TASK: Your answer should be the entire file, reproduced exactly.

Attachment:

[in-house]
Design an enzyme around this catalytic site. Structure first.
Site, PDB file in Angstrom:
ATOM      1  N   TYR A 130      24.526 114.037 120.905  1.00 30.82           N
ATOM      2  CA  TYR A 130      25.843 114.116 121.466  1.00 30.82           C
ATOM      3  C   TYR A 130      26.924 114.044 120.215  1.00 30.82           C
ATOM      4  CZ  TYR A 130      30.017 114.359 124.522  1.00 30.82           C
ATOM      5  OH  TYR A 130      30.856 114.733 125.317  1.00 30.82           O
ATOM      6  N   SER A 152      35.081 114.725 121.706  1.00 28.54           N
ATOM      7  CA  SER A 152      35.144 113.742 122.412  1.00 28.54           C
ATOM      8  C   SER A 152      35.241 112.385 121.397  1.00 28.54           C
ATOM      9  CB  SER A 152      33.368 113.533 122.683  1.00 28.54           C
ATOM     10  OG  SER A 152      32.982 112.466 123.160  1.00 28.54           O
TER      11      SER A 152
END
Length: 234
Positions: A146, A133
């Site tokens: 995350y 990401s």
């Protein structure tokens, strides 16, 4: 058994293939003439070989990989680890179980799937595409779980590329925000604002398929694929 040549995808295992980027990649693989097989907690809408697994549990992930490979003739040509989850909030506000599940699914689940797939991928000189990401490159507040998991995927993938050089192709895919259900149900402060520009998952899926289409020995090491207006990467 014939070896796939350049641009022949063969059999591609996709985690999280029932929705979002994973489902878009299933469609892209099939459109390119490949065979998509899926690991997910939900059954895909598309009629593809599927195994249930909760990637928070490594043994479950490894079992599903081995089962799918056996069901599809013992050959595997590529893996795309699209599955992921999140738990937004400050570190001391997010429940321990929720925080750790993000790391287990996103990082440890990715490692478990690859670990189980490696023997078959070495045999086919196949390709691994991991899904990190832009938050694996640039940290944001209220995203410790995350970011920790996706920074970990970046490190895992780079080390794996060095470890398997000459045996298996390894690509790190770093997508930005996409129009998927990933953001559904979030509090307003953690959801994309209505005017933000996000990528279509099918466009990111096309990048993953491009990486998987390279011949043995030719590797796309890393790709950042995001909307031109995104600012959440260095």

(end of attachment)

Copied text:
[in-house]
Design an enzyme around this catalytic site. Structure first.
Site, PDB file in Angstrom:
ATOM      1  N   TYR A 130      24.526 114.037 120.905  1.00 30.82           N
ATOM      2  CA  TYR A 130      25.843 114.116 121.466  1.00 30.82           C
ATOM      3  C   TYR A 130      26.924 114.044 120.215  1.00 30.82           C
ATOM      4  CZ  TYR A 130      30.017 114.359 124.522  1.00 30.82           C
ATOM      5  OH  TYR A 130      30.856 114.733 125.317  1.00 30.82           O
ATOM      6  N   SER A 152      35.081 114.725 121.706  1.00 28.54           N
ATOM      7  CA  SER A 152      35.144 113.742 122.412  1.00 28.54           C
ATOM      8  C   SER A 152      35.241 112.385 121.397  1.00 28.54           C
ATOM      9  CB  SER A 152      33.368 113.533 122.683  1.00 28.54           C
ATOM     10  OG  SER A 152      32.982 112.466 123.160  1.00 28.54           O
TER      11      SER A 152
END
Length: 234
Positions: A146, A133
């Site tokens: 995350y 990401s």
């Protein structure tokens, strides 16, 4: 058994293939003439070989990989680890179980799937595409779980590329925000604002398929694929 040549995808295992980027990649693989097989907690809408697994549990992930490979003739040509989850909030506000599940699914689940797939991928000189990401490159507040998991995927993938050089192709895919259900149900402060520009998952899926289409020995090491207006990467 014939070896796939350049641009022949063969059999591609996709985690999280029932929705979002994973489902878009299933469609892209099939459109390119490949065979998509899926690991997910939900059954895909598309009629593809599927195994249930909760990637928070490594043994479950490894079992599903081995089962799918056996069901599809013992050959595997590529893996795309699209599955992921999140738990937004400050570190001391997010429940321990929720925080750790993000790391287990996103990082440890990715490692478990690859670990189980490696023997078959070495045999086919196949390709691994991991899904990190832009938050694996640039940290944001209220995203410790995350970011920790996706920074970990970046490190895992780079080390794996060095470890398997000459045996298996390894690509790190770093997508930005996409129009998927990933953001559904979030509090307003953690959801994309209505005017933000996000990528279509099918466009990111096309990048993953491009990486998987390279011949043995030719590797796309890393790709950042995001909307031109995104600012959440260095």